I am one of the multitudes of Hitchens' admirers that needs that "one life and one mind" of his to be around for a long time to come.

Jim Caruso

 

Jul

1

My maternal grandparents and my uncle emigrated from Wolia, Russia and came to America through Ellis Island.  

I had a lot of Russian relatives and there were many, many weddings, wakes, graduations, birth celebrations and family dinners to attend when I was growing up.  Great fun.  And, always Vodka.

Vodka originated in what is now Poland and the word Vodka was first recorded in Poland in 1405.

It is likely a diminutive form of voda (water) meaning "little water".

Sobieski is the #1 Premium Vodka in Poland.

Bruce Willis is a partner in it.

I thought you might enjoy the Sobieski Vodka website and the Bruce Willis video clips that are on it.


Cheers!

Or, should I say Nostrovia!

Jim Caruso

Jun

30

Top-seeded Roger Federer faces off against Tomas Berdych today in the quarterfinals on Centre Court at Wimbledon.

The inscription above the player's entrance to Centre Court, arguably the most famous tennis venue in the world, reads:

"IF YOU CAN MEET WITH TRIUMPH AND DISASTER AND TREAT THOSE TWO IMPOSTORS JUST THE SAME".

Triumph and Disaster.  Definitely impostors.  It's all a game in the end.  Greatness lies in how we handle triumph and adversity, and in our ability to keep both in perspective.

That passage above the entrance is from "If" by Rudyard Kipling, a poem that is regularly voted as England's most popular poem.

Here is that inspiring poem in its entirety.

IF

IF you can keep your head when all about you
Are losing theirs and blaming it on you,
If you can trust yourself when all men doubt you,
But make allowance for their doubting too;
If you can wait and not be tired by waiting,
Or being lied about, don't deal in lies,
Or being hated, don't give way to hating,
And yet don't look too good, nor talk too wise:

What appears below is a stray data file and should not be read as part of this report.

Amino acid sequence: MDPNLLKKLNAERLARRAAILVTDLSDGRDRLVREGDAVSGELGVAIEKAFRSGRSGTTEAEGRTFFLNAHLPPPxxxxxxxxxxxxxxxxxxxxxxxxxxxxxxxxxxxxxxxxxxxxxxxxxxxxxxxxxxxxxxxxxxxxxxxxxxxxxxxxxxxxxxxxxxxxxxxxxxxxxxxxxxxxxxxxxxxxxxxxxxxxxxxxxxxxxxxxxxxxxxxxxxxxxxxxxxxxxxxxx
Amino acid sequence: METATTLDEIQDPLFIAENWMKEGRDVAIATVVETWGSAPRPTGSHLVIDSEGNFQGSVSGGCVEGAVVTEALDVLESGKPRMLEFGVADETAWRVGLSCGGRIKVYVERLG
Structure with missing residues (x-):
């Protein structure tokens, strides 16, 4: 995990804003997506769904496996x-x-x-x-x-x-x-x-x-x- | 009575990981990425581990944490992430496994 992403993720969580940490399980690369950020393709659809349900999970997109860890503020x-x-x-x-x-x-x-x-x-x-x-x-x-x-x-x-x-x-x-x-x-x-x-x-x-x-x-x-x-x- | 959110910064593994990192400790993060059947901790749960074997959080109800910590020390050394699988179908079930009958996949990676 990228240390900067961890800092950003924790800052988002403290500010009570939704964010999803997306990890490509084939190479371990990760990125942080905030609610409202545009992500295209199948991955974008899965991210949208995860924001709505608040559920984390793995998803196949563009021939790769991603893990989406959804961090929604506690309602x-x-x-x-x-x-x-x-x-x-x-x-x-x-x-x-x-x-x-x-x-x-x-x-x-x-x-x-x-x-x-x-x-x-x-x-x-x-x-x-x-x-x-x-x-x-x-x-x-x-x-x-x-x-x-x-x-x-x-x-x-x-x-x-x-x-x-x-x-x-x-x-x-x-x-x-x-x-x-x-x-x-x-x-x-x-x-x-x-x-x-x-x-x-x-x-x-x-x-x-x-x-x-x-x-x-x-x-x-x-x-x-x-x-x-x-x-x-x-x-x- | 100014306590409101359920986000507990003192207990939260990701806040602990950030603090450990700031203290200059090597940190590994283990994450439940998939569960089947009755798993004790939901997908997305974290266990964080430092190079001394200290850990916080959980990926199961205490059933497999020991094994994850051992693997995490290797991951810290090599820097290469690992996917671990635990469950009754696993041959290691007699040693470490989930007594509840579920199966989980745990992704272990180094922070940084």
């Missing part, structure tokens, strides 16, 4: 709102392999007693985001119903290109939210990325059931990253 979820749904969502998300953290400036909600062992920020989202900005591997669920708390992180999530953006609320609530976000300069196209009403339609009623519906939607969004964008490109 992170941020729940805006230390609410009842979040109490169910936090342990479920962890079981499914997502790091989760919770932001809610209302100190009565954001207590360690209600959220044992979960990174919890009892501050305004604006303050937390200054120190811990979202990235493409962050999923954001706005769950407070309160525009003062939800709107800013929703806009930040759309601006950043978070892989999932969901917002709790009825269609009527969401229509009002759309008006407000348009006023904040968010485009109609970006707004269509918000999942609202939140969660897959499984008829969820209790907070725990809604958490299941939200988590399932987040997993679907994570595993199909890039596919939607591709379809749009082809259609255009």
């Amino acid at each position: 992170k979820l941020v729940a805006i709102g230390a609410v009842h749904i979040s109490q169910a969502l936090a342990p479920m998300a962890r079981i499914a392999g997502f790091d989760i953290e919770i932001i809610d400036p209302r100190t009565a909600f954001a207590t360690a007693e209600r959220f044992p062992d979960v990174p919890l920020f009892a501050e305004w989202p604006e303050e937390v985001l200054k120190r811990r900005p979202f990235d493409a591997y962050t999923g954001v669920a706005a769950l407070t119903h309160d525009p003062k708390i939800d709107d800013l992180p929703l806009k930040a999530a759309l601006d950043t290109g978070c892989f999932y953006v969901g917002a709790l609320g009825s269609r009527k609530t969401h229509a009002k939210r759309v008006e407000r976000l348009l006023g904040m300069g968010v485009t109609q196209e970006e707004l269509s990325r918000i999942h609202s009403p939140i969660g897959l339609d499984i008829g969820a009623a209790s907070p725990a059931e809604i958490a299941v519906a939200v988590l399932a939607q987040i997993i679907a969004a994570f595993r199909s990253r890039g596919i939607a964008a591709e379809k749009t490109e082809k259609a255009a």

If you can dream – and not make dreams your master;
If you can think – and not make thoughts your aim;
If you can meet with Triumph and Disaster
And treat those two impostors just the same;
If you can bear to hear the truth you've spoken
Twisted by knaves to make a trap for fools,
Or watch the things you gave your life to, broken,
And stoop and build 'em up with worn-out tools:

If you can make one heap of all your winnings
And risk it on one turn of pitch-and-toss,
And lose, and start again at your beginnings
And never breathe a word about your loss;
If you can force your heart and
nerve and sinew
To serve your turn long after they are gone,
And so hold on when there is nothing in you
Except the Will which says to them: 'Hold on!'

If you can talk with crowds and keep your virtue,
' Or walk with Kings – nor lose the common touch,
if neither foes nor loving friends can hurt you,
If all men count with you, but none too much;
If you can fill the unforgiving minute
With sixty seconds' worth of distance run,
Yours is the Earth and everything that's in it,
And – which is more – you'll be a Man, my son!

 

Bye for now,

Jim Caruso

 

 

 

 

 

Jun

22

I'm normally a serial reader, one book at a time, but I'm into several different books at the moment, one of which is Christopher Hitchens'  new memoir Hitch 22.  I don't want this one to end. 

In the prologue, the 61-year-old Hitchens talks about premonitions of his death with liberal use of historical quotations, including one from Horace Mann. 

According to Mann, "Until you have done something for humanity you should be ashamed  to die."  To which Hitchens comments "Well, how is one to stand that test?" 

Cheers!

Jim